Pacific Beach up to La Jolla Shores was my life as a child and still as an adult. After WWII my father came home with mattress covers that we used to ride the waves. You had get them wet then run along the beach filling them with air then tie a knot. Jump in the middle of it and you had a way to ride the waves. Riding the waves without anything is known as body surfing. Many learn the technique and are quite skilled body surfers. My ocean play was jumping up and over the waves. When the waves were big jumping under the waves. I loved playing in the waves.
In the fifties and sixties exciting developments in diving, underwater photography and surfing were emerging in Pacific Beach.
Significant individuals now well-known were there actively enjoying, experimenting and innovating playing in the ocean. Ron Church was developing techniques and equipment and becoming a now well known underwater photographer. Chuck Nicklin ran the Diving Locker where many well known divers got their start with Chuck. My brother hung out and worked with Chuck at the Diving Locker. I ran into Chuck a couple of years ago and in his eighties he had just returned from a diving trip.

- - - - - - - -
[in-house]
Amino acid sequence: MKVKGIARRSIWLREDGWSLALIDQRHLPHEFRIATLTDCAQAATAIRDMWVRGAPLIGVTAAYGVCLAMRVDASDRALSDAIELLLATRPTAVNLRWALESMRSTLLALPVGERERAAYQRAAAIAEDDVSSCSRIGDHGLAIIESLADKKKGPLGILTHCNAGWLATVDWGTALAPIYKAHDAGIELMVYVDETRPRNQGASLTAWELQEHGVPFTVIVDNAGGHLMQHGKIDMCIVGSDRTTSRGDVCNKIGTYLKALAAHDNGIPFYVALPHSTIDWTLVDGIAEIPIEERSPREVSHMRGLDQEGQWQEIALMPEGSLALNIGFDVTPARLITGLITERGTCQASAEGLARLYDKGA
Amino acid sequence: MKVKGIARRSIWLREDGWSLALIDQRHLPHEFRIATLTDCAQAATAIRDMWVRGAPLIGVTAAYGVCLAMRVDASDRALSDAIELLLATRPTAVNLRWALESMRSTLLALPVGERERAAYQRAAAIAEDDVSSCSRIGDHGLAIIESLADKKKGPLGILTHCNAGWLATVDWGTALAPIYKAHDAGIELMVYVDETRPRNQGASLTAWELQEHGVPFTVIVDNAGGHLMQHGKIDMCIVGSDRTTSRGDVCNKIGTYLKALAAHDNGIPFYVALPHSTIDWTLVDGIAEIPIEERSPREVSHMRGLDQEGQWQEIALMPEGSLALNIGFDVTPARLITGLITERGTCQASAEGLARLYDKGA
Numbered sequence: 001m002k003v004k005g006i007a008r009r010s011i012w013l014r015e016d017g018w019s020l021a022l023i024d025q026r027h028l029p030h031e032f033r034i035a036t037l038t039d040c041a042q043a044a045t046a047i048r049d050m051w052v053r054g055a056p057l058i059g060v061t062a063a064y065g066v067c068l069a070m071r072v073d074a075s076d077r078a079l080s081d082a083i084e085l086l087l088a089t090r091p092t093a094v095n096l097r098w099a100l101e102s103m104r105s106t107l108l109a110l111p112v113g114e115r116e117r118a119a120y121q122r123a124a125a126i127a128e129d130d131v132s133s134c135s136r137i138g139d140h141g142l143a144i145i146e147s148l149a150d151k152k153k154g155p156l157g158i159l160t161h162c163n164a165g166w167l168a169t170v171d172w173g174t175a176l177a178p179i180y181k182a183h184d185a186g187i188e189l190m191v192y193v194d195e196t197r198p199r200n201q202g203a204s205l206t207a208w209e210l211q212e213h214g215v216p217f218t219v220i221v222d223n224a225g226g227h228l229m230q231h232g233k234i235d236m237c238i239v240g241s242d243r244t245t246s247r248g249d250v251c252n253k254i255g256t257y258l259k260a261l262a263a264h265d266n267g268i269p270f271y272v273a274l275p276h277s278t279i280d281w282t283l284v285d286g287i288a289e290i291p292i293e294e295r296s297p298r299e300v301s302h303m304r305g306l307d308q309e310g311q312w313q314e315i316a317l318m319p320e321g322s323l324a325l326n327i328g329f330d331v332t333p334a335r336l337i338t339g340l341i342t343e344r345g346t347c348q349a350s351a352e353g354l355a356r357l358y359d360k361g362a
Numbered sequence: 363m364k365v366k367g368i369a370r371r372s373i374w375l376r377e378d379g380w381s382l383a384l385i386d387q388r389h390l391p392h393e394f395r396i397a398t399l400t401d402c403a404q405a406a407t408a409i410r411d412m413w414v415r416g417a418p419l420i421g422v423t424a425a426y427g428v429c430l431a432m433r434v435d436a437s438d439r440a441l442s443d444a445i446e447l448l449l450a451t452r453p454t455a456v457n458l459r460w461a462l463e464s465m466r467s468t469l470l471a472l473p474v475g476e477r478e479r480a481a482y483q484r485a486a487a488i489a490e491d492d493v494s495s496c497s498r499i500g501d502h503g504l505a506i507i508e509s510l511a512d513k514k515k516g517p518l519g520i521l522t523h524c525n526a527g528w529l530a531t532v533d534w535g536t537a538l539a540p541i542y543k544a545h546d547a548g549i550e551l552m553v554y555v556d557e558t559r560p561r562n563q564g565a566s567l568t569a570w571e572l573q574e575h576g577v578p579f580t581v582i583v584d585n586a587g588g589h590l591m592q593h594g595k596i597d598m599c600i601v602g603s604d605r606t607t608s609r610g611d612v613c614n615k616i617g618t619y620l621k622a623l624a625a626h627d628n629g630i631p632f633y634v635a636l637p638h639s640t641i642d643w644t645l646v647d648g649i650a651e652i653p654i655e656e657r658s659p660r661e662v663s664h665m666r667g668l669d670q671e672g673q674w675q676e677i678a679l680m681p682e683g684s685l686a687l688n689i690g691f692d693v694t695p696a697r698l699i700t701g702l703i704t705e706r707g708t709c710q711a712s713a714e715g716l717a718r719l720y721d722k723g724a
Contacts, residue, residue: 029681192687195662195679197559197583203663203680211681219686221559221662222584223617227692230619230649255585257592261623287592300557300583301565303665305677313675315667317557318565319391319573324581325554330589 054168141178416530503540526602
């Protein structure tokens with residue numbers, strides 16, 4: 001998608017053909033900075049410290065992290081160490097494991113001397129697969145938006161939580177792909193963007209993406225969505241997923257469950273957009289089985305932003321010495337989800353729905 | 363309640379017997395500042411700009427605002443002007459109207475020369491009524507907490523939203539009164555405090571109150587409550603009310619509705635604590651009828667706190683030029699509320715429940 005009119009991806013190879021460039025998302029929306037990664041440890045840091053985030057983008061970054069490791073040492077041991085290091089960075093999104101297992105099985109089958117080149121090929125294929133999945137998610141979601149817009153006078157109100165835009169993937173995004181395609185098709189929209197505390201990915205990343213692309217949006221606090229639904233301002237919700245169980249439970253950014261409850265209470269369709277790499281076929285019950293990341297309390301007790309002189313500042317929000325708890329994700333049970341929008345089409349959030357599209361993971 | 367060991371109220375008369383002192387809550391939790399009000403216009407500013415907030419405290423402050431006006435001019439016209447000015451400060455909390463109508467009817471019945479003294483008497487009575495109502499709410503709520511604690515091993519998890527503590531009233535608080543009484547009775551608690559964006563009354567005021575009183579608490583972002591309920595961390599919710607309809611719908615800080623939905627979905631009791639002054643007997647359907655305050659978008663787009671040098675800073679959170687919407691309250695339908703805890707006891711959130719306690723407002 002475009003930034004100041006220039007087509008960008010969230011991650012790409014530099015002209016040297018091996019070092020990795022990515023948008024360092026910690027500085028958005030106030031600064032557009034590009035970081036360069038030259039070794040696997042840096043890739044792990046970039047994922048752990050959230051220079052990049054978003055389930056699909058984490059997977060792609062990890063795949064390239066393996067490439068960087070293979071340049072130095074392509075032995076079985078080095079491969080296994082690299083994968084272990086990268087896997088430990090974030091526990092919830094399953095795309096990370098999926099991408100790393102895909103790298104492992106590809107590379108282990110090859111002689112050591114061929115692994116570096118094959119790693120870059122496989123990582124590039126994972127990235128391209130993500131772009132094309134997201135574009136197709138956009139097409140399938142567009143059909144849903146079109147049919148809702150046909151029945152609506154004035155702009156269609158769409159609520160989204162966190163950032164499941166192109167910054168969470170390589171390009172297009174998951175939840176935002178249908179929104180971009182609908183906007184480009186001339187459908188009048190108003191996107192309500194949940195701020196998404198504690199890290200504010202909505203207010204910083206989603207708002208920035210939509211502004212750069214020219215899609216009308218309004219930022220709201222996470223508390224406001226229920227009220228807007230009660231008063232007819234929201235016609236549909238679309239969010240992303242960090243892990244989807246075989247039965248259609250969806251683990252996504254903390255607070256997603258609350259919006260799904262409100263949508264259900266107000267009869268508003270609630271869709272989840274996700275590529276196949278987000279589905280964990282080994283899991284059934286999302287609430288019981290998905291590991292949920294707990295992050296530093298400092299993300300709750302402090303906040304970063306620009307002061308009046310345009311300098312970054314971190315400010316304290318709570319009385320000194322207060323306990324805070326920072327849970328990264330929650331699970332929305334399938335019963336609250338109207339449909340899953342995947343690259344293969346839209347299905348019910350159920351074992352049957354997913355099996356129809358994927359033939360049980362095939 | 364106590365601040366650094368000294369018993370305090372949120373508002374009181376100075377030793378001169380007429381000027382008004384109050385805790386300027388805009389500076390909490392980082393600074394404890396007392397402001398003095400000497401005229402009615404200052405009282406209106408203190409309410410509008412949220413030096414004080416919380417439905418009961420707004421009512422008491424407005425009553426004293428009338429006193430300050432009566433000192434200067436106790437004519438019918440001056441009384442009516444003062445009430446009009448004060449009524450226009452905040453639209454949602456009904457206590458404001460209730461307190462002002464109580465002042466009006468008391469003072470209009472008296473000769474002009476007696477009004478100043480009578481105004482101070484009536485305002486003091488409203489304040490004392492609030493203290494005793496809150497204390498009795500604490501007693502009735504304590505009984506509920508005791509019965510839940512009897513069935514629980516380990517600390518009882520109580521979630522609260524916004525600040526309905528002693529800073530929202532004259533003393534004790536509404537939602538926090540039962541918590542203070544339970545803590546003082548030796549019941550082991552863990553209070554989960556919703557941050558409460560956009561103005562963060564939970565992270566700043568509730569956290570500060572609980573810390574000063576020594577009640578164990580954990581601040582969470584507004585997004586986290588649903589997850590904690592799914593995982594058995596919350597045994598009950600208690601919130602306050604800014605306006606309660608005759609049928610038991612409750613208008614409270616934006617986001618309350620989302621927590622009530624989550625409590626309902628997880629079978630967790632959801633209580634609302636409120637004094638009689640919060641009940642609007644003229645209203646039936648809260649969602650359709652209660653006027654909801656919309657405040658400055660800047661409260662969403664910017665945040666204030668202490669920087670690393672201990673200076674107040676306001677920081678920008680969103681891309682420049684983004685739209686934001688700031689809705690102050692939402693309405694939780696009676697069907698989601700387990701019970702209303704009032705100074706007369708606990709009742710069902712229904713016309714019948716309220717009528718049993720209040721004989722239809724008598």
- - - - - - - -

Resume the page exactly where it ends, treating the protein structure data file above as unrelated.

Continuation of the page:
Attending Pacific Beach Junior High and Mission Bay High School many surfers were your classmates. The surf culture was part of the life I grew up with. Larry Gordon and Floyd Smith became the owners of G&S surf boards many fellow classmates worked with them shaping boards. Garages in the beach often housed places where surf boards were being shaped. When I was young the boards were long and heavy. Few women were able to surf and manipulate those boards. Tonight I saw a great documentary called A Line In the Sand. It documented the history of surfing at our beaches. They shared that short boards developed as girlfriend boards. The guys wanted to surf with their girlfriends. Those short boards turned out to be fun for them too. The documentary focused on the battle the surfers waged to gain the right to access the beach and the right to surf in the ocean. Many tickets were issued by lifeguards due to violations for surfing in the ocean. Neighborhoods didn’t like their vehicles and activities. Surfers had a bad reputation. They managed to get the city of San Diego to give a beach to the surfers. Tourmaline Beach was the first surfers beach in the country. Tourmaline is now loved by the old surfers who still surf and those newly gaining the ability to surf. They are proud of the Aloha spirit that is Tourmaline Beach. They enjoy sharing the waves and the special tailgating times in the parking lot. There are currently two memorial benches at Tourmaline ..One for Larry Gordon. Hopefully, “A Line in the Sand” gets recognized and picked up by KPBS. All the many surfers at our beaches today have no idea of the history and struggles the surfers before them experienced. The idea that surfers weren’t wanted is unbelieveable. Yes it is true Pacific Beach has a history and those of us that grew up there were in the center of it all.